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Strong Colours, Simple Composition

Young Monk Studying, Chimi Lhakhang, Bhutan.
Nikon D800E with 200mm f2.0 lens, 1/200 second @ f2.0, ISO 5000

Where does your eye go? I guess I can't answer this for everyone, but my eye is initially drawn to the strong crimsons of the young monk's robes. Since there is nothing particularly light in the photograph and the background is so dark, the mid-tones of the highly coloured robe glow in the image. The dominate. I have used a little extra contrast (using a curves adjustment layer) to enhance the three-dimensionality (a little like using the clarity slider in Lightroom, ACR or Capture One).

So, initially at least, the viewer is drawn to the strong colour - and if you ask any well-mannered bull, reds certainly get your attention.

As the eye moves around the frame, the lightest part (which is where the eye is naturally drawn) is the monk's face and this is also where the story lies. This is the main centre of interest. If you follow the line of the monk's gaze, you reach the scriptures he is studying, a secondary centre of interest, and the two are joined by his hands. These three compositional elements - face, hands, book - are lighter in tone and less saturated in colour, standing apart from the robes and the background. They grab the viewer's attention both tonally, as well as telling a story. When you post-produce your images, you want to do it in a way that makes sense - so that your photography compliments your subject.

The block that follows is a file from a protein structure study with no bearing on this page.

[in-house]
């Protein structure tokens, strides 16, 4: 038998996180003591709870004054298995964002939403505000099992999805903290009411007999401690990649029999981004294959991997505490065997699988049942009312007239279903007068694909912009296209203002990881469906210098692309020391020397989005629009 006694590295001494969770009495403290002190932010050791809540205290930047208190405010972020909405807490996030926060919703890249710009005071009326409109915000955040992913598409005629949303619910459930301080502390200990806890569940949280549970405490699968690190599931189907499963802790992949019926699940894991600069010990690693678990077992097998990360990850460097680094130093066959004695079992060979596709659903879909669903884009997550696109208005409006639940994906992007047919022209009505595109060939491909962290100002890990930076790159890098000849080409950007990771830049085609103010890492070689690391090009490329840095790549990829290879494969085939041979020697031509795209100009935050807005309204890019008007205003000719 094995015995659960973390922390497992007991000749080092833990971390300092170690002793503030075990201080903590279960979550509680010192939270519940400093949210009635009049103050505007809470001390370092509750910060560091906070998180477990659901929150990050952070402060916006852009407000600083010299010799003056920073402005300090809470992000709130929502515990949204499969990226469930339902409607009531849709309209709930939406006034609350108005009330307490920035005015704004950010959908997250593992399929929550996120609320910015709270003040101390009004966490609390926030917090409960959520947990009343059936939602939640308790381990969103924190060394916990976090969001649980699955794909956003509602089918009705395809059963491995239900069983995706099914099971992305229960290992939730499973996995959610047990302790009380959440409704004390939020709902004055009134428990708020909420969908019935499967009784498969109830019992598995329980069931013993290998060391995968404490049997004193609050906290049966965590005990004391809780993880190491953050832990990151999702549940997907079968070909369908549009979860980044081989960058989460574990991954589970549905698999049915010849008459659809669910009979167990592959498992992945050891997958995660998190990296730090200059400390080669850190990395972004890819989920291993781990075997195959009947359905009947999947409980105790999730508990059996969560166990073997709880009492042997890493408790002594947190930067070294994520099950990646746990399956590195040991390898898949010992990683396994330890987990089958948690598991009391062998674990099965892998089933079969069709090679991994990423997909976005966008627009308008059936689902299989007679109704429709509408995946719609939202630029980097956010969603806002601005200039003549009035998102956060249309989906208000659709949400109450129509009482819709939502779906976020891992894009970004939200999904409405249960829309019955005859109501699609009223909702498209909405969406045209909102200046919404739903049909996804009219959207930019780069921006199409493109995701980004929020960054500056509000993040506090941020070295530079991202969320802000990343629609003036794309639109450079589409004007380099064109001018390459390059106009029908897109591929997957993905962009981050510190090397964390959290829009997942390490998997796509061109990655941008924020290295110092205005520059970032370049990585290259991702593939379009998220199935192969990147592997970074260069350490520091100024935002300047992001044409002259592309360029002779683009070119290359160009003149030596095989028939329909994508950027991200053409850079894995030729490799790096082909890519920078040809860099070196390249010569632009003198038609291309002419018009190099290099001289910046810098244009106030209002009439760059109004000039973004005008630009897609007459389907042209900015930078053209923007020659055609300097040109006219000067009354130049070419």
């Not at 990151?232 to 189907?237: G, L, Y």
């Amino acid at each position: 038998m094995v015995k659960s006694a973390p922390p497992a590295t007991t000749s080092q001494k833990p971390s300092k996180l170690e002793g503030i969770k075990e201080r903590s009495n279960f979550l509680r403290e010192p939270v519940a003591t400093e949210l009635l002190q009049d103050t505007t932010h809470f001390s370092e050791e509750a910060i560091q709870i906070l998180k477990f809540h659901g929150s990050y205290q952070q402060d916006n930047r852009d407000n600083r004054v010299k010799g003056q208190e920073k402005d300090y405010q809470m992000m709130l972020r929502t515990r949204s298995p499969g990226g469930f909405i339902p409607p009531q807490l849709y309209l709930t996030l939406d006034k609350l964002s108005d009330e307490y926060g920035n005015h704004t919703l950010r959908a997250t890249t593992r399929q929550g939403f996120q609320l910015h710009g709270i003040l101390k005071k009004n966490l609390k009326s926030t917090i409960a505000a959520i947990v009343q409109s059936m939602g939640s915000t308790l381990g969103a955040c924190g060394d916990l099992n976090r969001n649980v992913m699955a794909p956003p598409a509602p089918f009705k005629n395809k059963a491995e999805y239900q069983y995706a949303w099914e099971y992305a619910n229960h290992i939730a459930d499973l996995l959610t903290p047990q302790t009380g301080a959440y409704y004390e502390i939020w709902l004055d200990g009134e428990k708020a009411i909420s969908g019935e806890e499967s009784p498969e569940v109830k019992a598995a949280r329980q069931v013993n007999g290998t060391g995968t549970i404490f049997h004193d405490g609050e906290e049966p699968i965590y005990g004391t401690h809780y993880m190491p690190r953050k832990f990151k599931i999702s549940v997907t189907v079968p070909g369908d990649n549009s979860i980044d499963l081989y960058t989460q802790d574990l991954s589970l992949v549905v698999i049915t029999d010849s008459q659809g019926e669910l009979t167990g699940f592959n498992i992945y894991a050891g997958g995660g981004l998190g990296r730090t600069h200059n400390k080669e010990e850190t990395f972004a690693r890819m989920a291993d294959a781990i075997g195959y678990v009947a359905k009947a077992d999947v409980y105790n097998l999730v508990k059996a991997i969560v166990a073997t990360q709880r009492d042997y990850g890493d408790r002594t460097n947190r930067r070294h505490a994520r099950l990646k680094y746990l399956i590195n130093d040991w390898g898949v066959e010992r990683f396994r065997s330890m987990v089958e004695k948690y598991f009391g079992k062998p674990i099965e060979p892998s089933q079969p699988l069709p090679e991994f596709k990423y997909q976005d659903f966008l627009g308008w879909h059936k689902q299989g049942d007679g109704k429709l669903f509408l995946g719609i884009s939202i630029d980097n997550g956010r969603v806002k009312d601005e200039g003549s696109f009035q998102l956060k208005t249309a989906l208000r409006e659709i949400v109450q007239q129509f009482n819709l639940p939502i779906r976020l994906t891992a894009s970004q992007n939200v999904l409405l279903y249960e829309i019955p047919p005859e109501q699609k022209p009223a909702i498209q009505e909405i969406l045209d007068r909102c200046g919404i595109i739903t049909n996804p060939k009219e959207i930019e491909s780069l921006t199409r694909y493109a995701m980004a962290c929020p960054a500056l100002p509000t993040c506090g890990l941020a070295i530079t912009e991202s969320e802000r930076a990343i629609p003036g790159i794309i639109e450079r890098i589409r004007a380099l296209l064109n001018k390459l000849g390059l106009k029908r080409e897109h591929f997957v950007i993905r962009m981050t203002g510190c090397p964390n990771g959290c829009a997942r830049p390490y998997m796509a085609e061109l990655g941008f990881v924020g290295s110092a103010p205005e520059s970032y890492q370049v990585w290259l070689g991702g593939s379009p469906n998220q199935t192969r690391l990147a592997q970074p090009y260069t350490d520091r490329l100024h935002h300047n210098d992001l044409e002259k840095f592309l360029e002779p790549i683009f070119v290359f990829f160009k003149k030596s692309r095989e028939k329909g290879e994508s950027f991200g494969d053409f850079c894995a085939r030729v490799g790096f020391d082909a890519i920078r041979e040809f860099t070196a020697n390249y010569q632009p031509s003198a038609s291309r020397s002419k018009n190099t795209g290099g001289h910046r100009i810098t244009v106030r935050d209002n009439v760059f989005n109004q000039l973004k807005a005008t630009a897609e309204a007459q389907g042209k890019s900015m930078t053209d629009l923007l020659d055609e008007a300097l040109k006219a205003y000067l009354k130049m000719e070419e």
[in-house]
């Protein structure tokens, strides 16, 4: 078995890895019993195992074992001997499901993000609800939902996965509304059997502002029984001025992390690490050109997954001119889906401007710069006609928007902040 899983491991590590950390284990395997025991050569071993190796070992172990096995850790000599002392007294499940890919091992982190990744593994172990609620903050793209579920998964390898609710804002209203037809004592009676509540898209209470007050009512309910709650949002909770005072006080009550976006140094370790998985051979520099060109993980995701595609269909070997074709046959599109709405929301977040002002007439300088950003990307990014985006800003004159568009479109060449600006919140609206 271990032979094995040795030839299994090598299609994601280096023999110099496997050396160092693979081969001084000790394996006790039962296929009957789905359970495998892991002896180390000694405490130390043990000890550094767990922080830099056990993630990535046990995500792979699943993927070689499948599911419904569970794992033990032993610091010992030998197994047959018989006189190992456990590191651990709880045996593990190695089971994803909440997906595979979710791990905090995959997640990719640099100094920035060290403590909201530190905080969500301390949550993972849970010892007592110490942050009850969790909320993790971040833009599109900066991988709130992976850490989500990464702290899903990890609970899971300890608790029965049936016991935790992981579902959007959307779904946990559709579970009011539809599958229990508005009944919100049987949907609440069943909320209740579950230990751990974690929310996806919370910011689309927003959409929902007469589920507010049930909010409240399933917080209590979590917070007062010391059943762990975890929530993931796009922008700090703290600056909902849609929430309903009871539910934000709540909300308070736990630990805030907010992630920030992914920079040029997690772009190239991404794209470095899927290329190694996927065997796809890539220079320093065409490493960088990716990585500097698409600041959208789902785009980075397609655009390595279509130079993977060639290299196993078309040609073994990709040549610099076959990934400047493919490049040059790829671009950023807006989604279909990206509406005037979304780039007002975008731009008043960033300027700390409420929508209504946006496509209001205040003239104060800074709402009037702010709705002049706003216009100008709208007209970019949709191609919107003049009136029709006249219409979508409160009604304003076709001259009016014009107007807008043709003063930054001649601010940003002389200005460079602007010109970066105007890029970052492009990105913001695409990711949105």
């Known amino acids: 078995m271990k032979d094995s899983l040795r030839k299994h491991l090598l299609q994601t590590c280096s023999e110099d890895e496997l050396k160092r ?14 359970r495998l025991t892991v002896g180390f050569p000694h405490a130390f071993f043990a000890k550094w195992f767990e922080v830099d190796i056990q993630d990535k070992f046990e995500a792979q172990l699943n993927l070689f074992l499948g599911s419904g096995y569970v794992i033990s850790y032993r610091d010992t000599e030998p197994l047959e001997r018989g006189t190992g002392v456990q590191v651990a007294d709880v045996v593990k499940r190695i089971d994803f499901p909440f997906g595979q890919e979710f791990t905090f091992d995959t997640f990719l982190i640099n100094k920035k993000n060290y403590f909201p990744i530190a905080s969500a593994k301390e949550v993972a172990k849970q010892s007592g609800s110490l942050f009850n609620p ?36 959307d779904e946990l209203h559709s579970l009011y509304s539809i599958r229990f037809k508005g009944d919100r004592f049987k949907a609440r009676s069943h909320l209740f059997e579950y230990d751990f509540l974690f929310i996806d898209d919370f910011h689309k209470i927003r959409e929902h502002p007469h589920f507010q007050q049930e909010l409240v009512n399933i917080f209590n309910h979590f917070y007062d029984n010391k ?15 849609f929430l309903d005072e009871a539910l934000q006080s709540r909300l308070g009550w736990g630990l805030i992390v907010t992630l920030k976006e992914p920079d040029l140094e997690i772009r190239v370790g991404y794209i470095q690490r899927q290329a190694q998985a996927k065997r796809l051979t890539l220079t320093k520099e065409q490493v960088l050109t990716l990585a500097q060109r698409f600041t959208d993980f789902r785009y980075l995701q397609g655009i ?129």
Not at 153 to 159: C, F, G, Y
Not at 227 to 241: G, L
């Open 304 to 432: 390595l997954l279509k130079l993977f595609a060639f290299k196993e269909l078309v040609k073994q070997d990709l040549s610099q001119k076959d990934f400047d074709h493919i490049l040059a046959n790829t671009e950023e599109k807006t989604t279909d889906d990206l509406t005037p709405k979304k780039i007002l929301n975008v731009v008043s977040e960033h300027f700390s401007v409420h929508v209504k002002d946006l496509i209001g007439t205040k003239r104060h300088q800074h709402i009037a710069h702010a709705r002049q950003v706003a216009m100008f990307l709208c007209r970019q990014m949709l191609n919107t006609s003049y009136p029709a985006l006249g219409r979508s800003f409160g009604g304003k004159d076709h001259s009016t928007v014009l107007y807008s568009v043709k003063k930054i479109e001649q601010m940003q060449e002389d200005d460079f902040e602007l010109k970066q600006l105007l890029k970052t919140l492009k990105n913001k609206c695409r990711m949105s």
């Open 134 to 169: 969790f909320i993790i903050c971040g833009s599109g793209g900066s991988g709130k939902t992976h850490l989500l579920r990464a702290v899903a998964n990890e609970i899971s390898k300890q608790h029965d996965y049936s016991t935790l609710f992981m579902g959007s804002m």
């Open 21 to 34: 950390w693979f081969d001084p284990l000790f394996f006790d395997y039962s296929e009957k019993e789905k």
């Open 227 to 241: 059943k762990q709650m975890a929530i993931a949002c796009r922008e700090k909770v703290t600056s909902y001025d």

Finally, as we look further around the image and into the shadows, we discover the reason for the young monk being to one side of the frame. To his left (camera right) an older monk looks on, providing help and instruction if and when it is required. Note, we don't need the whole of the older monk's head and body to tell the story. In fact, cropping in tightly with the 200mm lens concentrates our attention on the main story, like the monk is concentrating on his scriptures.

Post-production for photography is partly a matter of skill and technique, but more importantly it is applying it appropriately so that it enhances the story or the emotion you're conveying. And your technique should be invisible - invisible Photoshop.

If you're interested in a photography workshop later this year, I have trips going to Karijini, Kununurra, the Daintree, Arnhemland, Whitsundays, New Zealand, Bhutan and, with a bit of luck, Patagonia and the Atacama Desert in Chile as well. Full details on the Better Photography website - but please book soon!

Peter Eastway Uses

Peter Uses

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